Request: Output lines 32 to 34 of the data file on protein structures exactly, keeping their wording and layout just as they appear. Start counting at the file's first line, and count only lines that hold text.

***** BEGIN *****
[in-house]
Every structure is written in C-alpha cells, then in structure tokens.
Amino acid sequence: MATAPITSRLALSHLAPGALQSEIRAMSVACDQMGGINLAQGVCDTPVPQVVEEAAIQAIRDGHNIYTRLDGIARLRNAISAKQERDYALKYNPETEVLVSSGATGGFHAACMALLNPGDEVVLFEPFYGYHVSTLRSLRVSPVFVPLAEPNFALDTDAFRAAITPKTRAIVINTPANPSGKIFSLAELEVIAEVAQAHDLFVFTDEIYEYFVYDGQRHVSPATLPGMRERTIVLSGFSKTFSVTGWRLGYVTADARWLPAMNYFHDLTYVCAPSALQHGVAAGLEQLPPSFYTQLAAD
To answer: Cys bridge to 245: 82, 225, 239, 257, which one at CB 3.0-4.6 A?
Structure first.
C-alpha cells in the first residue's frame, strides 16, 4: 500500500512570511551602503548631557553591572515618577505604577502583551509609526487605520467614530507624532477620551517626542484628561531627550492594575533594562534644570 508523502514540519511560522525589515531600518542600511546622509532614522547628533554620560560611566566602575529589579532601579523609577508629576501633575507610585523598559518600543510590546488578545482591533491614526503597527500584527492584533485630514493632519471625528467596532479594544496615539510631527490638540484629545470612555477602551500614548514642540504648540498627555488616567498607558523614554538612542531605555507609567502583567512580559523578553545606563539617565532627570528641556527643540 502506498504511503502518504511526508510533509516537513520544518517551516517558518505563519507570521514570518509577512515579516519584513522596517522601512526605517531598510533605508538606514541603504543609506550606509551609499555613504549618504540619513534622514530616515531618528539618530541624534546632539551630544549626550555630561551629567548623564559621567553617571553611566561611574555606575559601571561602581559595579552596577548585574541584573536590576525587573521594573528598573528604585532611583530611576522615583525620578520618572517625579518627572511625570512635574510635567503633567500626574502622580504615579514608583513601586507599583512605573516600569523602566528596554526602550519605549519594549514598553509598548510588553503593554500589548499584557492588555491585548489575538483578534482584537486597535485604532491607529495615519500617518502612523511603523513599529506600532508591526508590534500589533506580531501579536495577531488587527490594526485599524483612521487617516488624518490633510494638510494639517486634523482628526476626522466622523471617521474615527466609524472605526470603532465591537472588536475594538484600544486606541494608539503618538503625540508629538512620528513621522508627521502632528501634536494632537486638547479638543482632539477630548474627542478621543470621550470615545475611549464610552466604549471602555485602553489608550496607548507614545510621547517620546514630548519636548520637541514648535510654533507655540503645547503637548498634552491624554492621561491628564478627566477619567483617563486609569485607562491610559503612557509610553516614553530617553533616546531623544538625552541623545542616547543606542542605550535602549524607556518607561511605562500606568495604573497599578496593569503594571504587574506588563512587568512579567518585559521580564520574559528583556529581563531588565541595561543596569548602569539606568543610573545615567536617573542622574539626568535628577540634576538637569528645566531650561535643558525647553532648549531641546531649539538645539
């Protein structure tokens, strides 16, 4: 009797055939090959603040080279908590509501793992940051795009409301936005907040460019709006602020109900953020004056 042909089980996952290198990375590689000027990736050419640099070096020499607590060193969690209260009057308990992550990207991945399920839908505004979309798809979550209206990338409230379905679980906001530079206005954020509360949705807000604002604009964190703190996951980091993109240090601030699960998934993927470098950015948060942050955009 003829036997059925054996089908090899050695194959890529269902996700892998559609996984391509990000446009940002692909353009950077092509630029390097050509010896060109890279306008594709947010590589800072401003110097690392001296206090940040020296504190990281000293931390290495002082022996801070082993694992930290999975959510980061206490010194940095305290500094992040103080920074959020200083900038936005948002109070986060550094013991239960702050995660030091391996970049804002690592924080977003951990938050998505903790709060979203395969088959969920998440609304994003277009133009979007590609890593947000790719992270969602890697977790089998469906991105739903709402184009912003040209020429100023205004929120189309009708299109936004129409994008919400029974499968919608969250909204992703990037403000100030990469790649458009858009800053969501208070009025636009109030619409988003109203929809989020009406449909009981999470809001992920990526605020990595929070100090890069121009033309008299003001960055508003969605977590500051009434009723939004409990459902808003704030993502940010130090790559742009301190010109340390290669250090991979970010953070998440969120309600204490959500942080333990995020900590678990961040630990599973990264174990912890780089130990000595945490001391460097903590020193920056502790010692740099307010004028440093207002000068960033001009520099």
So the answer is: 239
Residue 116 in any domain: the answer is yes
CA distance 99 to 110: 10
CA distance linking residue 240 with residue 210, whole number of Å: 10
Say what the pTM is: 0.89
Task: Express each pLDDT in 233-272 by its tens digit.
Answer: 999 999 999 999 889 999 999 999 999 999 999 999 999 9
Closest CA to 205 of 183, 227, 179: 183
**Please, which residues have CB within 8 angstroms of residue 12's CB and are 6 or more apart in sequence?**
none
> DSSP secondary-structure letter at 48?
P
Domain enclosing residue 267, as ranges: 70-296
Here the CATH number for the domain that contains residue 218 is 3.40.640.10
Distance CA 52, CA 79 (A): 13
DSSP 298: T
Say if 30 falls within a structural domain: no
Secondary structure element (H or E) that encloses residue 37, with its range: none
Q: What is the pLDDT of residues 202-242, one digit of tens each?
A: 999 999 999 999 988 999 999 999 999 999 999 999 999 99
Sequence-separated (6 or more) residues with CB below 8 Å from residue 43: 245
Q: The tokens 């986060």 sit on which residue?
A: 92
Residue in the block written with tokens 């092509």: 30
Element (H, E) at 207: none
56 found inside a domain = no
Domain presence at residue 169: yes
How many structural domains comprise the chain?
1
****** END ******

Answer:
Element (H, E) at 207: none
56 found inside a domain = no
Domain presence at residue 169: yes